History and Markets for Gypsy, Arabian and Russian Circus Music Styles

Statue tribute to the annual Gypsy Trumpet Festival in Guca, Serbia.
Statue tribute to the annual Gypsy Trumpet Festival in Guca, Serbia. | Source

A HubPages Question:

I'm looking for Gypsy music, Arabian music and Russian circus music.

— Asked by Constant Walker

Russia

Russian circuses are my favorite circuses. As a child, nothing impressed me more than to see two things on a television variety show: the Moscow Circus and the People Of the North when they took their turn to parade in the Russian Cultural Festival. in school, I was fortunate to be able to learn the Russian language and histories.

The Moscow Circus was elevated to the status of the Bolshoi Ballet and the most prestigious operas during the reign of Empress Catherine the Great (born 1729, ruled l762-1796), but in America, the circus was a band of drifters trying to make ends meet in the minds of many people. American circuses were caravans of arts and cultures, too, as Ray Bradbury describes in his many circus tales, but common gossip in the US holds them as cesspools of cheap entertainment and cheaper people. it is a pity.

It is probably the bizarre sideshows with their emphasis on human mutants and the rows of stalls behind the scenes that were once used for prostitution that infiltrated the gossip of America about circuses in the old and never left. Circus seats are expensive today, however; Ringling Brothers and Barnum and Bailey Circus is charging $25 for the worst seats in the house in my city for Mother's Day Weekend. Good Seats? - $88 and higher.

The greatest circus in Russia today descended from a band of performers led by an Englishman. They enjoyed entertaining Catherine the Great and the company of people and animals stayed behind to form Moscow Circus, although their leader returned to England.

The Moscow Circus

The circus was promoted by the performance of an Englishman and his small circus for Catherine the Great. She loved it so much that she ordered two rings to be built for them and kept the troupe in St. Petersburg for an entire year. At the conclusion of the year, the performers opted to stay in Russia, while their boss, Charles Hughes, returned to England. The Moscow Circus of today descended from the band of people and animals.

What became the Old Moscow Circus was founded in 1880. After the October Revolution in 1917, the government used the circus as a way of tying together the people, because all classes recognized it as good entertainment as well as an example of fine artistic skills. So, it became a tradition and a notational treasure of the USSR.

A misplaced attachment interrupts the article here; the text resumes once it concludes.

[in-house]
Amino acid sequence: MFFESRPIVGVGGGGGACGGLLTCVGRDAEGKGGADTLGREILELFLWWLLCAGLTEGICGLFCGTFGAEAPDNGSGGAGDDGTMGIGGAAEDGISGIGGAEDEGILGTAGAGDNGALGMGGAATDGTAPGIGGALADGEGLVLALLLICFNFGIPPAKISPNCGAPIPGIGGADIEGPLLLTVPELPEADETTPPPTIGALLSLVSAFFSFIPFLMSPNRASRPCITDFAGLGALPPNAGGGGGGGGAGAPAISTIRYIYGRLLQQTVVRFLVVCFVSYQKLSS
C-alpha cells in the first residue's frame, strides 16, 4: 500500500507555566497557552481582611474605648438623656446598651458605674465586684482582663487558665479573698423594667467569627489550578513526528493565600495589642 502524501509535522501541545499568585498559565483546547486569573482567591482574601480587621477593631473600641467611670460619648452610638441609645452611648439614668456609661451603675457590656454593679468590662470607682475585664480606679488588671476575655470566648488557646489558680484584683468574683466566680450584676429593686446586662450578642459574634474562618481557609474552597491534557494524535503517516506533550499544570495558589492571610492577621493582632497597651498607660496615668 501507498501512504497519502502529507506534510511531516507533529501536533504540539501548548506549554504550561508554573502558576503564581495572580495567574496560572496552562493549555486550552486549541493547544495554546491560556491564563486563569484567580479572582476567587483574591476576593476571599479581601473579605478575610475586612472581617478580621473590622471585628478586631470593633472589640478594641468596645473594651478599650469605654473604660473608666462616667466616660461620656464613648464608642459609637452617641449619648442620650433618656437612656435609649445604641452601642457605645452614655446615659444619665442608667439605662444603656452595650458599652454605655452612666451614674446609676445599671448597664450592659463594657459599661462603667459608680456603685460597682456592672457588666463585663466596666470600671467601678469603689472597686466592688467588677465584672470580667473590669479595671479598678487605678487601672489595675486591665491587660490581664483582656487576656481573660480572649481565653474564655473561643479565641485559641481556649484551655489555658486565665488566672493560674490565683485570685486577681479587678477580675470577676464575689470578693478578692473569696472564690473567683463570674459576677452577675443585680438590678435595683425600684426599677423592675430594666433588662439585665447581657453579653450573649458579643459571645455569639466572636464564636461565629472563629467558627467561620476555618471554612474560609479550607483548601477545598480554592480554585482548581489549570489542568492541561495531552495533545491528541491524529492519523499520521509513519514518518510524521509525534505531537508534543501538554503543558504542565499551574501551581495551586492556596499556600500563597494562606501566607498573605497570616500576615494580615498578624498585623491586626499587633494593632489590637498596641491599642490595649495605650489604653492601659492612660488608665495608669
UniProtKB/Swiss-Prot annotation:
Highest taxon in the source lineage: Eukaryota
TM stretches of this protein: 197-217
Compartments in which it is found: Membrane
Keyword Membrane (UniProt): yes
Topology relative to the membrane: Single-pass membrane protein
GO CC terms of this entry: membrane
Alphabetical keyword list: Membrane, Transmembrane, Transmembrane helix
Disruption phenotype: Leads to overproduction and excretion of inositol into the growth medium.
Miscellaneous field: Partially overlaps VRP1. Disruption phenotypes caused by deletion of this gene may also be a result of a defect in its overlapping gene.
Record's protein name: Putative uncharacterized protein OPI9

Music for the Moscow Circus originally came from the group that performed for Catherine the Great. This Englishman's troupe included people of other nationalities, some being Eastern European, some being Gypsies. The music was eclectic, a mixture of styles and old cultural traditions. Under the USSR, however, music and all the arts were government controlled. Circus music became an item owned by the government.

The government's State Circus School was established in Moscow in 1927, others to follow in additional large cities. By the 1950s, the Russian Circus was as homogenized as McDonald's® products are across America, and the circus began traveling around the world to entertain and accept ovations. Eventually 50 Russian Circuses under the umbrella of the Moscow Circus were successful. This number declined after the fall of the Berlin Wall and communism, but the Moscow Circus is still a tradition as of 2012. Since 1998, the circus has been managed and produced and consistently toured through America by Sasha and Lena Vosk. Other circuses bill themselves as Moscow circuses, but are not over 120 years old.

The current circus show is based in cultural traditions of Russia, including the folk music and gypsy music that is centuries old.

A short symphonic work in four movements that captures the flavor of the music of the Moscow Circus and other Russian circuses is Anthony DiLorenzo's A Little Russian Circus:

  1. Tent of Terror 2:22
  2. Nikolai the Magnificent 3:28
  3. The Clown 4:15
  4. Rings of Fire 2:24

Music of the Moscow Circus

Music of the Moscow Circus
Music of the Moscow Circus

I have enjoyed these songs over and over through the years. The collection on this album is entertaining allows me to visualize the Moscow Circus acts.